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providing wedding calligraphy to engaged couples in rochester ny and beyond.

August 25, 2017

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Beginner Calligrapher's Toolkit

February 28, 2018

Chances are if you're reading this, you've taken one of my calligraphy classes and you want to order more supplies to keep practicing.  That makes me feel all: 



I'm so excited you want to keep up your calligraphy practice! Whether you want to address your wedding envelopes, improve your handwriting, or just develop a new hobby - calligraphy is the answer (insert praise hands emoji here)!


At the bottom of the post, you will find links to the exact supplies I provide for my Brainery classes - you'll be taken straight to each product page so you don't have to worry about finding the right tool (cause there are a lot out there!)


First thing's first: The Straight Holder! 


Seems like a very basic tool, but it is actually incredibly versatile for a beginner.  Like we discussed in class, a straight holder has a universal insert so you can experiment with a few different nibs before committing to an oblique holder fitted for a specific one.  It's also great for beginners because it's not as intimidating as an oblique.  You can focus on perfecting your downstroke & upstroke pressure without the added step of figuring out the oblique holder.


Now, let's talk nibs.  Fair warning - I am biased 100% towards the Nikko G nib, so I will try and not talk too much about it.



Some of you might have tried the Brause 361 Steno nib in class - also known as the Blue Pumpkin.  Aside from the Nikko G, this is a great beginner's nib.  The tines aren't as sharp as the Nikko G, so they won't catch on the paper as much.  I also find it to be slightly more flexible, which is great if you tend to have a light grip when writing. The Blue Pumpkin is responsive even to a small amount of pressure.  On the other hand, if you find that you are gripping your pen hard when writing, the Blue Pumpkin might be too flexible - which can lead to unnecessary frustration.


Enter the Nikko G.  Don't worry, this isn't going to be a love fest - just a short description about why the Nikko G is so amazing.

Now that that's out of the way, let's get down to the details.  We'll start with the pros of the Nikko G. It's flexible enough where you don't have to apply an intense amount of pressure to get thick downstrokes, but the tines are pretty sharp so you will get super fine upstrokes.  It holds a good amount of ink, which allows you to write without having to redip into your ink every few letters. Now onto the cons (I know, I can't believe I'm writing this either).  While the Nikko G is an all around great nib, there is a learning curve to using it.  Everyone will have their perfect amount of pressure needed to use any nib, but because the tines of the Nikko G are so sharp, they will more easily catch on whatever paper you are using.  You will just have to practice in order to find the perfect angle!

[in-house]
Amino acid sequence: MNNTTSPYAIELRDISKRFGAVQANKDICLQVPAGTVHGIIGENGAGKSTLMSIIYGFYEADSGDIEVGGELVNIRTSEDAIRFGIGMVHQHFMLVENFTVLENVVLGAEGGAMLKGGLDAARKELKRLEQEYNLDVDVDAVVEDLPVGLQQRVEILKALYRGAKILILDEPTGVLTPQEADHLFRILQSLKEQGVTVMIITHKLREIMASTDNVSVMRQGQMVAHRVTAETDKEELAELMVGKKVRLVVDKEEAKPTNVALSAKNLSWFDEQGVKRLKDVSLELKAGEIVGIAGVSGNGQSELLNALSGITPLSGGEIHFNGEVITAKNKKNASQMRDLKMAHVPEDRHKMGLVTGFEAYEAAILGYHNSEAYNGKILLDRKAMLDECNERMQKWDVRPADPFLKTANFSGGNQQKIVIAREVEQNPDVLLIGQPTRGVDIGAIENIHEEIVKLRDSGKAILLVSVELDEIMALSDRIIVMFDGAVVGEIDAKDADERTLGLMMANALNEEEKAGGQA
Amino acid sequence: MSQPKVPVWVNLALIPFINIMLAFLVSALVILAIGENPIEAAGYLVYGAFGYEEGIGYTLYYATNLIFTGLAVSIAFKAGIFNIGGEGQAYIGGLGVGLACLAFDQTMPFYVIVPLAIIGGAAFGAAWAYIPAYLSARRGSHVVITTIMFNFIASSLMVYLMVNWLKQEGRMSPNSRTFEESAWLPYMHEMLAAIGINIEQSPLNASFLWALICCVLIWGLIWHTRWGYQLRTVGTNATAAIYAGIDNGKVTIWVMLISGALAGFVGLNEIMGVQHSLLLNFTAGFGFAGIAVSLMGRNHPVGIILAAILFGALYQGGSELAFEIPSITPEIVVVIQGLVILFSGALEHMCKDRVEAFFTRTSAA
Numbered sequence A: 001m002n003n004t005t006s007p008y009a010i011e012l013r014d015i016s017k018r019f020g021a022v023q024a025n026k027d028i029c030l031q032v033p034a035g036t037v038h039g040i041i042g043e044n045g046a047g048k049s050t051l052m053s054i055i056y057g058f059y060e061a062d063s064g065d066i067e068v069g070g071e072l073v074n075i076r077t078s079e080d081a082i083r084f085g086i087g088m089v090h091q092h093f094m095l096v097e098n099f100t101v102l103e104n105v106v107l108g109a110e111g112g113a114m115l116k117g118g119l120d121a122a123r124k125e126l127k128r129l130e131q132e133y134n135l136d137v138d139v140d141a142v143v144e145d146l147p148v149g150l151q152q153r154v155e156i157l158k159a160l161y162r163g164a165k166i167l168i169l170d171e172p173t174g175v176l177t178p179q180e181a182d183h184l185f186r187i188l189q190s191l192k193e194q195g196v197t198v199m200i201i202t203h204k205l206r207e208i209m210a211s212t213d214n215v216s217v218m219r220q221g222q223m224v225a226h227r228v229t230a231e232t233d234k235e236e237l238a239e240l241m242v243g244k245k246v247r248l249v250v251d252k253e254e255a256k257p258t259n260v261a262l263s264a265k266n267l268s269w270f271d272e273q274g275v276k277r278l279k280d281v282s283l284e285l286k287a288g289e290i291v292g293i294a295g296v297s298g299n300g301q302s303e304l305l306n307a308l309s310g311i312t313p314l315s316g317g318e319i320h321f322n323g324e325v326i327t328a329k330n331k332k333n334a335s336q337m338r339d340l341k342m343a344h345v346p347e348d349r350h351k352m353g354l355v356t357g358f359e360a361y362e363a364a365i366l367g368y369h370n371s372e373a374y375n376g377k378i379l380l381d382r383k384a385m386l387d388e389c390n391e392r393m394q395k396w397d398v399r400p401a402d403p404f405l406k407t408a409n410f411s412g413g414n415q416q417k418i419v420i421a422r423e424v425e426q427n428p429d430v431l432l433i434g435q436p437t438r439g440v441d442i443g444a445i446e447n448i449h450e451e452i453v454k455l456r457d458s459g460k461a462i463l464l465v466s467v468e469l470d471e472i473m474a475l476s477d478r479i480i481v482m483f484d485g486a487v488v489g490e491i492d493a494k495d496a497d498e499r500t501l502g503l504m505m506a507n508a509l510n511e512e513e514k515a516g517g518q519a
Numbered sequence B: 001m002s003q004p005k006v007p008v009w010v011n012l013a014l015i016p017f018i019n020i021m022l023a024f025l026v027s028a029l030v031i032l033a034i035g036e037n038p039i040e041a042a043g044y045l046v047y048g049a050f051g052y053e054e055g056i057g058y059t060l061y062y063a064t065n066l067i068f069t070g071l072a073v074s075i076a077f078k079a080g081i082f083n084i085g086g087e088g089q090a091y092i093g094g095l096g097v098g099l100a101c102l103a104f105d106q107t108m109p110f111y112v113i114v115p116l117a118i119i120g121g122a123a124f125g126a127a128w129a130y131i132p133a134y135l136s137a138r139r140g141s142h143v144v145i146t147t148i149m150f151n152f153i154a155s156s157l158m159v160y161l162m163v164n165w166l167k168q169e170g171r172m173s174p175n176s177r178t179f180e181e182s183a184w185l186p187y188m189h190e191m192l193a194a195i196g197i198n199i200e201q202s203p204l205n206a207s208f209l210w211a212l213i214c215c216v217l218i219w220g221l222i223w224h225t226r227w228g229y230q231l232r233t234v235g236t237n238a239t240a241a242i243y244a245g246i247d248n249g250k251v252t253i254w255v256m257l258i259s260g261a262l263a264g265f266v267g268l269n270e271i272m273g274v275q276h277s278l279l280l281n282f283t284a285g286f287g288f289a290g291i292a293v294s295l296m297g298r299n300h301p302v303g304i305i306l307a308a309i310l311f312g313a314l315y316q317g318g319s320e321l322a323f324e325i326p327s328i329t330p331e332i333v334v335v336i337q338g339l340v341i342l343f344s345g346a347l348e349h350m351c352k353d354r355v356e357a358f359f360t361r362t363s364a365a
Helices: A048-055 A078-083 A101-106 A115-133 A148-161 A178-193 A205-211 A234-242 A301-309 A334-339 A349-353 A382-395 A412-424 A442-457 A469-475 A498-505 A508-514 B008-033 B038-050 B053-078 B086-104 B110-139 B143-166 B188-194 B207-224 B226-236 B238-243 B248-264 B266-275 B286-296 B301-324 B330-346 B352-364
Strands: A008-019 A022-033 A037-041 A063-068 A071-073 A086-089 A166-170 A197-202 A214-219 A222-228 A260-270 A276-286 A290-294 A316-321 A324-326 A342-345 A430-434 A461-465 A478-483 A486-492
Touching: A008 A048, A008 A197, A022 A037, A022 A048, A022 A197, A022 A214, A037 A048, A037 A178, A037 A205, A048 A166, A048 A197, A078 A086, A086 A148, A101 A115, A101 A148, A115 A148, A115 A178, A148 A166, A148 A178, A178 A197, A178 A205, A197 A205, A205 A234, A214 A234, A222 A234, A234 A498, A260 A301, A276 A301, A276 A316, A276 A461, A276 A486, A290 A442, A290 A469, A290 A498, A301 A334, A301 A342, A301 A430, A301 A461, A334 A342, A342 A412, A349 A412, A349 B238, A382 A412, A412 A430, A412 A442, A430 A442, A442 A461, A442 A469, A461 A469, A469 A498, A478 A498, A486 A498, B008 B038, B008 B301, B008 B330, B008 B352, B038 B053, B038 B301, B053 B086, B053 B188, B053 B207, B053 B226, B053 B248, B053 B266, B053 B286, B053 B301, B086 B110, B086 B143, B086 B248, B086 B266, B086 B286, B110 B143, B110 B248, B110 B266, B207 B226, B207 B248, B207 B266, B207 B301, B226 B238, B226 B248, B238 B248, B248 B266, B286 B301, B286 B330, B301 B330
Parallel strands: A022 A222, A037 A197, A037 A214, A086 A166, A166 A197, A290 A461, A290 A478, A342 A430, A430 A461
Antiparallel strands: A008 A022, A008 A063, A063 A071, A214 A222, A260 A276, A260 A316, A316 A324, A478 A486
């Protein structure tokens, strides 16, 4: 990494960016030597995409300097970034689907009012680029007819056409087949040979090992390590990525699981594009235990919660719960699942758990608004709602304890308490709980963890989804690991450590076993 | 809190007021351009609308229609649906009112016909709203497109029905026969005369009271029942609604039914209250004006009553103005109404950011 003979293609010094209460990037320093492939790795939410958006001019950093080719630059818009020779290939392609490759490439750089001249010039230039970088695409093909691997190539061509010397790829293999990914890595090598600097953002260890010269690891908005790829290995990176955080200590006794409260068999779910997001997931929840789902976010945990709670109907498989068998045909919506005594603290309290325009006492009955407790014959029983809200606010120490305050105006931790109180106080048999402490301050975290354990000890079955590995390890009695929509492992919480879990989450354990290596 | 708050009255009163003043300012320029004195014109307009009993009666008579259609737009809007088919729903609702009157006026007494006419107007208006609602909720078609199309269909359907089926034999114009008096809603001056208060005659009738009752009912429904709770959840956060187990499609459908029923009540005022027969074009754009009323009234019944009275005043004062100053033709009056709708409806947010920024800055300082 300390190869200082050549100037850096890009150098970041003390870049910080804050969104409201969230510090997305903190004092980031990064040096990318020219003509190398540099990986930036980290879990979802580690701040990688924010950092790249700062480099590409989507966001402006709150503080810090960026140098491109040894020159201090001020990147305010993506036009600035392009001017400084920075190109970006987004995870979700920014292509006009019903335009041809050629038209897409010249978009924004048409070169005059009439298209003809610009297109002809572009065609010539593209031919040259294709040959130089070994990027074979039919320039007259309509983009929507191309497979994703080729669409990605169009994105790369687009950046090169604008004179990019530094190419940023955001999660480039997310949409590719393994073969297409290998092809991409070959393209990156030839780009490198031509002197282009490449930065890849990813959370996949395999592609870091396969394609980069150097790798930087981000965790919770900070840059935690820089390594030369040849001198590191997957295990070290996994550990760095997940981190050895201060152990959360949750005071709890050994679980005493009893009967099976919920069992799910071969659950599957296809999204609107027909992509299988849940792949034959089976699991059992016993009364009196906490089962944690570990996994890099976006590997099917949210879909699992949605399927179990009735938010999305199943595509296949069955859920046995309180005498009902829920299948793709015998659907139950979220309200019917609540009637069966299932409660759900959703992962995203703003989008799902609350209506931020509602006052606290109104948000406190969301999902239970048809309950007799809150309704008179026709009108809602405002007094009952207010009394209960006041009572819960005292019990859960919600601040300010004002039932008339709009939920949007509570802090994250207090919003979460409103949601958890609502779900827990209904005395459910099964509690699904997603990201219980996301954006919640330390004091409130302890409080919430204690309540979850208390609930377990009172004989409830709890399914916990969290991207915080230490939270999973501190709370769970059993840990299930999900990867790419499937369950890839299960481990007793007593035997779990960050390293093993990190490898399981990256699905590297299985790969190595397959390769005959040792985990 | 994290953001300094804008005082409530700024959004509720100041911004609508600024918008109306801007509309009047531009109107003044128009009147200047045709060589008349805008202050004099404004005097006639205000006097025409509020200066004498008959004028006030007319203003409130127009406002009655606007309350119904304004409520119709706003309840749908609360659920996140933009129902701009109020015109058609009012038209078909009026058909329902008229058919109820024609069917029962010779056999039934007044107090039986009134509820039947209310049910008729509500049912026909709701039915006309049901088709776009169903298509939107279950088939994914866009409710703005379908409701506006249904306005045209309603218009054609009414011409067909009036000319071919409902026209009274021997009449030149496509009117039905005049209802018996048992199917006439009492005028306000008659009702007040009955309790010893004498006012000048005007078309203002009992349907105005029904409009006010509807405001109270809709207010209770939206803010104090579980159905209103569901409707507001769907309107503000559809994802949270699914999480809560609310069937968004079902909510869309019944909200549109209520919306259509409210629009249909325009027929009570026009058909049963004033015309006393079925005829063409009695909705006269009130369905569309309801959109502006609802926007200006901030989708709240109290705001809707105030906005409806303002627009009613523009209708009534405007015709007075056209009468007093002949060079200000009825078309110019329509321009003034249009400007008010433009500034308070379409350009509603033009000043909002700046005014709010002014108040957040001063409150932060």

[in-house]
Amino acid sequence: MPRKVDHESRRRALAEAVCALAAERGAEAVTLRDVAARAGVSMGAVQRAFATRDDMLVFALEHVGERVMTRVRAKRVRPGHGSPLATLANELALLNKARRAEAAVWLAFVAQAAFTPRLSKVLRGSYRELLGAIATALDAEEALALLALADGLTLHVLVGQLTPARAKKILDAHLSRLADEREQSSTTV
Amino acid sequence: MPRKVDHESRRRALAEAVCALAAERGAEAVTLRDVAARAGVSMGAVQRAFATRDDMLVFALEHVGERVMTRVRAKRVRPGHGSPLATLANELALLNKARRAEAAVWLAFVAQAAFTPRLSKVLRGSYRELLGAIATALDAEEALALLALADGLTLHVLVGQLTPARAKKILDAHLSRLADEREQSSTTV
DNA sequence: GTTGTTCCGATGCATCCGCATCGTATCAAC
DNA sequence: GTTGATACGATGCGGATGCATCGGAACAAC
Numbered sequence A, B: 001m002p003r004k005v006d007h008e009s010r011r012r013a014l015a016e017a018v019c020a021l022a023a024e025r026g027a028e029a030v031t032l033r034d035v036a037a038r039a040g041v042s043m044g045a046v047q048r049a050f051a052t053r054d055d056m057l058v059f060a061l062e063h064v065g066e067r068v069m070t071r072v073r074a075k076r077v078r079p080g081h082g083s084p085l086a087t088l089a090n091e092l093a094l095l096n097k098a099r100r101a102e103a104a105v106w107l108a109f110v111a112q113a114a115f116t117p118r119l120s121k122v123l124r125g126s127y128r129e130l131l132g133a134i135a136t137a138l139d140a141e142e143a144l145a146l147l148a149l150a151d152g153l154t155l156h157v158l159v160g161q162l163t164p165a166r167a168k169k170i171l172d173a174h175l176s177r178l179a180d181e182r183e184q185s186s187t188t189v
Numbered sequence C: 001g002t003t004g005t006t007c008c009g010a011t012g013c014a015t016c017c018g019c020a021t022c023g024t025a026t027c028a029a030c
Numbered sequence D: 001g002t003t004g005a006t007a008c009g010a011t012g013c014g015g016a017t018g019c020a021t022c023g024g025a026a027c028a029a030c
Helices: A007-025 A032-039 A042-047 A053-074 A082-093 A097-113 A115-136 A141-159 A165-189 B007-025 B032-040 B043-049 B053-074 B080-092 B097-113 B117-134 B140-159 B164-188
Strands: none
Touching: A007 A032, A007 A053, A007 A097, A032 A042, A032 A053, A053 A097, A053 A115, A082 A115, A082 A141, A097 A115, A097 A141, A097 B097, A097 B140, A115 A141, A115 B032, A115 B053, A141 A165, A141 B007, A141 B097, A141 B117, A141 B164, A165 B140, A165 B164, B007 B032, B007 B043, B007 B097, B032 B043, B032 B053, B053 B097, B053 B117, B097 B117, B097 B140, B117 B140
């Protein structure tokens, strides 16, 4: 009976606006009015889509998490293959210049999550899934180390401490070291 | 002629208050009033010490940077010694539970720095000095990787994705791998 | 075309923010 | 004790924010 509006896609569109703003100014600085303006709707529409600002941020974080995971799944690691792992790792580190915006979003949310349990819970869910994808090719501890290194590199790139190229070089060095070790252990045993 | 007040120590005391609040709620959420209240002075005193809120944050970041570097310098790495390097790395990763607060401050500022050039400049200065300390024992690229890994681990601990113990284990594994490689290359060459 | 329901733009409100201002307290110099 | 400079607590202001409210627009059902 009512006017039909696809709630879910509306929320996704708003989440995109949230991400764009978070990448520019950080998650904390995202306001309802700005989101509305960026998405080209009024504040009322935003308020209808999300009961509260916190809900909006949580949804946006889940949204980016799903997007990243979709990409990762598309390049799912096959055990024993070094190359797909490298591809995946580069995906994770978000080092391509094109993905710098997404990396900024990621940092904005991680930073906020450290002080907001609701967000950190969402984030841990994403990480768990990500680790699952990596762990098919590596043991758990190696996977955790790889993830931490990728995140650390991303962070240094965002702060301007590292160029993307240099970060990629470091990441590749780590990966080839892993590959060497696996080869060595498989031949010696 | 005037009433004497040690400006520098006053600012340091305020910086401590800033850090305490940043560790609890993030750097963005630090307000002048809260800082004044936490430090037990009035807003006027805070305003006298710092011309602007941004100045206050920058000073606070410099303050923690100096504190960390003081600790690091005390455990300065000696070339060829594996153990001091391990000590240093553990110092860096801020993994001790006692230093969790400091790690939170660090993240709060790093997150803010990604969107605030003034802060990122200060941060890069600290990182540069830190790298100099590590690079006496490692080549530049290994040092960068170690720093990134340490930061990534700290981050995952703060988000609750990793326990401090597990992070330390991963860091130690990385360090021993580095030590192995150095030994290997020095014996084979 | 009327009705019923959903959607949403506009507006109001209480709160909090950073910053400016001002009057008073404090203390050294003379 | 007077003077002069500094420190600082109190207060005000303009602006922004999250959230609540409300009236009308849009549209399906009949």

The last nib in the picture is the Brause 66EF.  I won't go into it in too much detail because I consider it an intermediate or advanced calligraphy nib. As you can see, it's tiny!  You'll need to dip much more often. It's also surprisingly flexible for such a small nib - making it a bit harder to control (in my opinion). However, as with anything, with consistent practice, it's a great nib! Lindsey of The Postman's Knock uses this nib for most of her work.



Next up - ink!



I provide sumi ink to all my students because it's easy to work with straight out of the bottle, which isn't something you can say about all calligraphy inks.  Sumi ink also has a great sheen to it once it dries.  Lastly, this particular brand of sumi ink won't corrode your nibs.  Be sure to read the description of all the supplies you purchase for this very reason.  Certain sumi inks, after a while, will start to eat away at your nibs.  This sumi ink is also more or less waterproof after AT LEAST 24 hours.  Not that you'll be brushing water across your beautiful calligraphy, but at least you have the option without ruining it!



And last, but not least - the Rhodia pad! 

Rhodia pads are well loved in the calligraphy community. They come in many different sizes and layouts - blank, grid, dot, or lined.  The paper is super smooth and non-absorbent so you don't have to worry about your ink feathering.  They come spiralbound or staple-top, along with a few other variations.  


Another option for practice paper is simple laser jet printer paper!  The workbooks you received in class were printed on HP Laserjet #24 paper.  It works well with different kinds of inks, making it super versatile for low cost (500 sheets for roughly $20).


Links to buy (I don't receive any type of commission through these links - I have purchased and used all of these supplies so I 100% recommend them)


Straight Holder

Nikko G Nib

Brause Steno (Blue Pumpkin) Nib

All Nibs

Sumi Ink

Rhodia Pad

Ink Holder


If you are interested in purchasing an oblique holder, I have purchased multiple from the Etsy Shop, Walnut Shavings.  She makes amazing holders and if you are serious about continuing with calligraphy, I highly recommend purchasing an oblique pen.



Thanks for reading! I'm hoping to create new posts semi-regularly, so if you are interested in learning more about calligraphy—from nibs to inks to different papers—consider signing up to be on my email list!




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